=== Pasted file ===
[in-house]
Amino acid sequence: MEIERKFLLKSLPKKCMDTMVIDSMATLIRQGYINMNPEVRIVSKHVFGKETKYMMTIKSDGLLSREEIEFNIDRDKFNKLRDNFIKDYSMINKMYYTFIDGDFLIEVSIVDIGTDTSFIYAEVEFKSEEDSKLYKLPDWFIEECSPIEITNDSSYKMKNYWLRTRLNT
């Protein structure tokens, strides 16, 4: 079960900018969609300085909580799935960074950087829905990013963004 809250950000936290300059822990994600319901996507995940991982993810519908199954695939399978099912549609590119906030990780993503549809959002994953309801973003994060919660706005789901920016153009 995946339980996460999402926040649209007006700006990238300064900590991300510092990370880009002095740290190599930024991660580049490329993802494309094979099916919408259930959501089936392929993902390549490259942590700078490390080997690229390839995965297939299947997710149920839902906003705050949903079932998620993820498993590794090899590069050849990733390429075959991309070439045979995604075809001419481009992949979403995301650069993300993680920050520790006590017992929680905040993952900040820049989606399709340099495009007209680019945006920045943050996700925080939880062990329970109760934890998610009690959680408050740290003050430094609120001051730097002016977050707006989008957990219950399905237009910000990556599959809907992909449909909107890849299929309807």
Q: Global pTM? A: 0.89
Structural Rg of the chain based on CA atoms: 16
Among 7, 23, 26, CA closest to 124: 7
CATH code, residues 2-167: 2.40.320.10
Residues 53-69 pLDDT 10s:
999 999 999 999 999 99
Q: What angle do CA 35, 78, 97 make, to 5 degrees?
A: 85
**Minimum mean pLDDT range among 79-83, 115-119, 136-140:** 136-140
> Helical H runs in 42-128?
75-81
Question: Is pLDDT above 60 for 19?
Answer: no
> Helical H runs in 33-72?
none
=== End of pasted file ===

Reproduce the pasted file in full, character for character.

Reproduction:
[in-house]
Amino acid sequence: MEIERKFLLKSLPKKCMDTMVIDSMATLIRQGYINMNPEVRIVSKHVFGKETKYMMTIKSDGLLSREEIEFNIDRDKFNKLRDNFIKDYSMINKMYYTFIDGDFLIEVSIVDIGTDTSFIYAEVEFKSEEDSKLYKLPDWFIEECSPIEITNDSSYKMKNYWLRTRLNT
């Protein structure tokens, strides 16, 4: 079960900018969609300085909580799935960074950087829905990013963004 809250950000936290300059822990994600319901996507995940991982993810519908199954695939399978099912549609590119906030990780993503549809959002994953309801973003994060919660706005789901920016153009 995946339980996460999402926040649209007006700006990238300064900590991300510092990370880009002095740290190599930024991660580049490329993802494309094979099916919408259930959501089936392929993902390549490259942590700078490390080997690229390839995965297939299947997710149920839902906003705050949903079932998620993820498993590794090899590069050849990733390429075959991309070439045979995604075809001419481009992949979403995301650069993300993680920050520790006590017992929680905040993952900040820049989606399709340099495009007209680019945006920045943050996700925080939880062990329970109760934890998610009690959680408050740290003050430094609120001051730097002016977050707006989008957990219950399905237009910000990556599959809907992909449909909107890849299929309807």
Q: Global pTM? A: 0.89
Structural Rg of the chain based on CA atoms: 16
Among 7, 23, 26, CA closest to 124: 7
CATH code, residues 2-167: 2.40.320.10
Residues 53-69 pLDDT 10s:
999 999 999 999 999 99
Q: What angle do CA 35, 78, 97 make, to 5 degrees?
A: 85
**Minimum mean pLDDT range among 79-83, 115-119, 136-140:** 136-140
> Helical H runs in 42-128?
75-81
Question: Is pLDDT above 60 for 19?
Answer: no
> Helical H runs in 33-72?
none